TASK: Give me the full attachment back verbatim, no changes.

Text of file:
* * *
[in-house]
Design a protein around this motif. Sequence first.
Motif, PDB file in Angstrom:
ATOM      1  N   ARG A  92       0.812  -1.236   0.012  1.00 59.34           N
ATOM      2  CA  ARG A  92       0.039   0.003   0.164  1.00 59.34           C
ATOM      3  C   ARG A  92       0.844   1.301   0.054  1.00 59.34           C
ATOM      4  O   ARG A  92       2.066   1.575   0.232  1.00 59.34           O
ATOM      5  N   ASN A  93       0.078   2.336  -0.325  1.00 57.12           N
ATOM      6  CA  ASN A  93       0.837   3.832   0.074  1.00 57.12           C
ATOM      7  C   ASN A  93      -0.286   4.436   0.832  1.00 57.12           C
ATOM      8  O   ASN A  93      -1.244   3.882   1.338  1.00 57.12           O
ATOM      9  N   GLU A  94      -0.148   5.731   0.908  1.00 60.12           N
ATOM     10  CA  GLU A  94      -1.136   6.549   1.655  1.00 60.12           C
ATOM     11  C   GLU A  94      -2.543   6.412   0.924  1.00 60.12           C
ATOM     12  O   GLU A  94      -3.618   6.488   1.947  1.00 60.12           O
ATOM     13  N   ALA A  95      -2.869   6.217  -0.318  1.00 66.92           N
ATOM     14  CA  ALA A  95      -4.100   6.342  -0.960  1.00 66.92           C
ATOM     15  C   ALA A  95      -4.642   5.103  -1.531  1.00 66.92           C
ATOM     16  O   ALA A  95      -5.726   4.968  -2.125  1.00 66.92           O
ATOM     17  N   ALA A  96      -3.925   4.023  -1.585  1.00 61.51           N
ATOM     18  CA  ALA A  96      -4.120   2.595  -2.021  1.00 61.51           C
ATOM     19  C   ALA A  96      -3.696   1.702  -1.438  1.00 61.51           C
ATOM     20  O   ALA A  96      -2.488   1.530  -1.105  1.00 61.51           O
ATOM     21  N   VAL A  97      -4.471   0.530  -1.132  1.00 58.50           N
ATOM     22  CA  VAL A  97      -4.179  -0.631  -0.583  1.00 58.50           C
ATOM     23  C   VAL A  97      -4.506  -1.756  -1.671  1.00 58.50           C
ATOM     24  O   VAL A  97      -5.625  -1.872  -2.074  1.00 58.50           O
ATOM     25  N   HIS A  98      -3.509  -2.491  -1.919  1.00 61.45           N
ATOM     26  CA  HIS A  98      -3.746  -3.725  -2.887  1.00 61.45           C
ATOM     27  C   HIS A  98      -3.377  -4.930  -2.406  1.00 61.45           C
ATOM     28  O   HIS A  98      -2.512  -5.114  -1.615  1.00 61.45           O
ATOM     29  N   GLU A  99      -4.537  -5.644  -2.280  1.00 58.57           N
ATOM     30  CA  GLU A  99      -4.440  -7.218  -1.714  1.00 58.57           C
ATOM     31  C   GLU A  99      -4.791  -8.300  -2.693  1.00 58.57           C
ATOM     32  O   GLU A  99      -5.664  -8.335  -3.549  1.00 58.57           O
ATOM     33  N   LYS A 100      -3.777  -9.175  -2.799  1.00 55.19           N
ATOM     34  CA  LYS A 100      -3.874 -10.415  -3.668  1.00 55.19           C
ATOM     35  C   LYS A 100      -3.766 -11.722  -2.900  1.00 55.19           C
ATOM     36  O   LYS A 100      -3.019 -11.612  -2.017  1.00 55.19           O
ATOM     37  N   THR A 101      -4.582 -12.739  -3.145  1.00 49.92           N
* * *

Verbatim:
[in-house]
Design a protein around this motif. Sequence first.
Motif, PDB file in Angstrom:
ATOM      1  N   ARG A  92       0.812  -1.236   0.012  1.00 59.34           N
ATOM      2  CA  ARG A  92       0.039   0.003   0.164  1.00 59.34           C
ATOM      3  C   ARG A  92       0.844   1.301   0.054  1.00 59.34           C
ATOM      4  O   ARG A  92       2.066   1.575   0.232  1.00 59.34           O
ATOM      5  N   ASN A  93       0.078   2.336  -0.325  1.00 57.12           N
ATOM      6  CA  ASN A  93       0.837   3.832   0.074  1.00 57.12           C
ATOM      7  C   ASN A  93      -0.286   4.436   0.832  1.00 57.12           C
ATOM      8  O   ASN A  93      -1.244   3.882   1.338  1.00 57.12           O
ATOM      9  N   GLU A  94      -0.148   5.731   0.908  1.00 60.12           N
ATOM     10  CA  GLU A  94      -1.136   6.549   1.655  1.00 60.12           C
ATOM     11  C   GLU A  94      -2.543   6.412   0.924  1.00 60.12           C
ATOM     12  O   GLU A  94      -3.618   6.488   1.947  1.00 60.12           O
ATOM     13  N   ALA A  95      -2.869   6.217  -0.318  1.00 66.92           N
ATOM     14  CA  ALA A  95      -4.100   6.342  -0.960  1.00 66.92           C
ATOM     15  C   ALA A  95      -4.642   5.103  -1.531  1.00 66.92           C
ATOM     16  O   ALA A  95      -5.726   4.968  -2.125  1.00 66.92           O
ATOM     17  N   ALA A  96      -3.925   4.023  -1.585  1.00 61.51           N
ATOM     18  CA  ALA A  96      -4.120   2.595  -2.021  1.00 61.51           C
ATOM     19  C   ALA A  96      -3.696   1.702  -1.438  1.00 61.51           C
ATOM     20  O   ALA A  96      -2.488   1.530  -1.105  1.00 61.51           O
ATOM     21  N   VAL A  97      -4.471   0.530  -1.132  1.00 58.50           N
ATOM     22  CA  VAL A  97      -4.179  -0.631  -0.583  1.00 58.50           C
ATOM     23  C   VAL A  97      -4.506  -1.756  -1.671  1.00 58.50           C
ATOM     24  O   VAL A  97      -5.625  -1.872  -2.074  1.00 58.50           O
ATOM     25  N   HIS A  98      -3.509  -2.491  -1.919  1.00 61.45           N
ATOM     26  CA  HIS A  98      -3.746  -3.725  -2.887  1.00 61.45           C
ATOM     27  C   HIS A  98      -3.377  -4.930  -2.406  1.00 61.45           C
ATOM     28  O   HIS A  98      -2.512  -5.114  -1.615  1.00 61.45           O
ATOM     29  N   GLU A  99      -4.537  -5.644  -2.280  1.00 58.57           N
ATOM     30  CA  GLU A  99      -4.440  -7.218  -1.714  1.00 58.57           C
ATOM     31  C   GLU A  99      -4.791  -8.300  -2.693  1.00 58.57           C
ATOM     32  O   GLU A  99      -5.664  -8.335  -3.549  1.00 58.57           O
ATOM     33  N   LYS A 100      -3.777  -9.175  -2.799  1.00 55.19           N
ATOM     34  CA  LYS A 100      -3.874 -10.415  -3.668  1.00 55.19           C
ATOM     35  C   LYS A 100      -3.766 -11.722  -2.900  1.00 55.19           C
ATOM     36  O   LYS A 100      -3.019 -11.612  -2.017  1.00 55.19           O
ATOM     37  N   THR A 101      -4.582 -12.739  -3.145  1.00 49.92           N